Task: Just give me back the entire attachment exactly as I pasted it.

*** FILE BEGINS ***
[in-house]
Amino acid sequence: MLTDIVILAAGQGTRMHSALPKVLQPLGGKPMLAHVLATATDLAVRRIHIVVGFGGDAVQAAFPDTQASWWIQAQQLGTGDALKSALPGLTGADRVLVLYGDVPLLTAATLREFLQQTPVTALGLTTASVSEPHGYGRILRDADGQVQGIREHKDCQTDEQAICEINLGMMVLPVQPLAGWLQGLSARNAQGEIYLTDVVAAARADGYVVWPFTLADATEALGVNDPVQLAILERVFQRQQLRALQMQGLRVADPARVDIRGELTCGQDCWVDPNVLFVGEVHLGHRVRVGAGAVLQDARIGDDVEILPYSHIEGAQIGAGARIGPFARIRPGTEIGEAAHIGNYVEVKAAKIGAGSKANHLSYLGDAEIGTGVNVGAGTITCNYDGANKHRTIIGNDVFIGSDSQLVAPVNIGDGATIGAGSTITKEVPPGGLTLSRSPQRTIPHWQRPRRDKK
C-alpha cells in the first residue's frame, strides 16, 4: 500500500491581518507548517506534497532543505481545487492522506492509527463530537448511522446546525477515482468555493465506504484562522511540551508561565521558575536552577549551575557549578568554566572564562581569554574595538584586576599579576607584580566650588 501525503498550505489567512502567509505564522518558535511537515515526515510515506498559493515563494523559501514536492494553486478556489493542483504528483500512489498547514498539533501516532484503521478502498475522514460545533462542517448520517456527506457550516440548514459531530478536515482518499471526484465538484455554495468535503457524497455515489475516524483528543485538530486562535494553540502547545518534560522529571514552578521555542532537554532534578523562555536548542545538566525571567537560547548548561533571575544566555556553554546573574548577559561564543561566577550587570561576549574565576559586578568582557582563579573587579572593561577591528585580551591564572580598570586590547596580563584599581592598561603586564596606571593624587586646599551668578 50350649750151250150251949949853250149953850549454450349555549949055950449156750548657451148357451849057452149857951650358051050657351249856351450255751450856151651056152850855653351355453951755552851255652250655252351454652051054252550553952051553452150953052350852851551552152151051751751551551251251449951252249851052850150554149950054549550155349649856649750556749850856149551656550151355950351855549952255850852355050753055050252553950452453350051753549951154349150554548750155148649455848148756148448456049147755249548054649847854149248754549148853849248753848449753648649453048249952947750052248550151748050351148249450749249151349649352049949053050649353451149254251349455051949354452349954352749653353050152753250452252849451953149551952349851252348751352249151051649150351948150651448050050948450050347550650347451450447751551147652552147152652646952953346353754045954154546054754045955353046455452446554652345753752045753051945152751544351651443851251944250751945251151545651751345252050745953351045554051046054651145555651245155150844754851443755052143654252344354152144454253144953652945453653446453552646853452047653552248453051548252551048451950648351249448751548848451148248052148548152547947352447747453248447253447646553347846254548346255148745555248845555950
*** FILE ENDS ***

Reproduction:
[in-house]
Amino acid sequence: MLTDIVILAAGQGTRMHSALPKVLQPLGGKPMLAHVLATATDLAVRRIHIVVGFGGDAVQAAFPDTQASWWIQAQQLGTGDALKSALPGLTGADRVLVLYGDVPLLTAATLREFLQQTPVTALGLTTASVSEPHGYGRILRDADGQVQGIREHKDCQTDEQAICEINLGMMVLPVQPLAGWLQGLSARNAQGEIYLTDVVAAARADGYVVWPFTLADATEALGVNDPVQLAILERVFQRQQLRALQMQGLRVADPARVDIRGELTCGQDCWVDPNVLFVGEVHLGHRVRVGAGAVLQDARIGDDVEILPYSHIEGAQIGAGARIGPFARIRPGTEIGEAAHIGNYVEVKAAKIGAGSKANHLSYLGDAEIGTGVNVGAGTITCNYDGANKHRTIIGNDVFIGSDSQLVAPVNIGDGATIGAGSTITKEVPPGGLTLSRSPQRTIPHWQRPRRDKK
C-alpha cells in the first residue's frame, strides 16, 4: 500500500491581518507548517506534497532543505481545487492522506492509527463530537448511522446546525477515482468555493465506504484562522511540551508561565521558575536552577549551575557549578568554566572564562581569554574595538584586576599579576607584580566650588 501525503498550505489567512502567509505564522518558535511537515515526515510515506498559493515563494523559501514536492494553486478556489493542483504528483500512489498547514498539533501516532484503521478502498475522514460545533462542517448520517456527506457550516440548514459531530478536515482518499471526484465538484455554495468535503457524497455515489475516524483528543485538530486562535494553540502547545518534560522529571514552578521555542532537554532534578523562555536548542545538566525571567537560547548548561533571575544566555556553554546573574548577559561564543561566577550587570561576549574565576559586578568582557582563579573587579572593561577591528585580551591564572580598570586590547596580563584599581592598561603586564596606571593624587586646599551668578 50350649750151250150251949949853250149953850549454450349555549949055950449156750548657451148357451849057452149857951650358051050657351249856351450255751450856151651056152850855653351355453951755552851255652250655252351454652051054252550553952051553452150953052350852851551552152151051751751551551251251449951252249851052850150554149950054549550155349649856649750556749850856149551656550151355950351855549952255850852355050753055050252553950452453350051753549951154349150554548750155148649455848148756148448456049147755249548054649847854149248754549148853849248753848449753648649453048249952947750052248550151748050351148249450749249151349649352049949053050649353451149254251349455051949354452349954352749653353050152753250452252849451953149551952349851252348751352249151051649150351948150651448050050948450050347550650347451450447751551147652552147152652646952953346353754045954154546054754045955353046455452446554652345753752045753051945152751544351651443851251944250751945251151545651751345252050745953351045554051046054651145555651245155150844754851443755052143654252344354152144454253144953652945453653446453552646853452047653552248453051548252551048451950648351249448751548848451148248052148548152547947352447747453248447253447646553347846254548346255148745555248845555950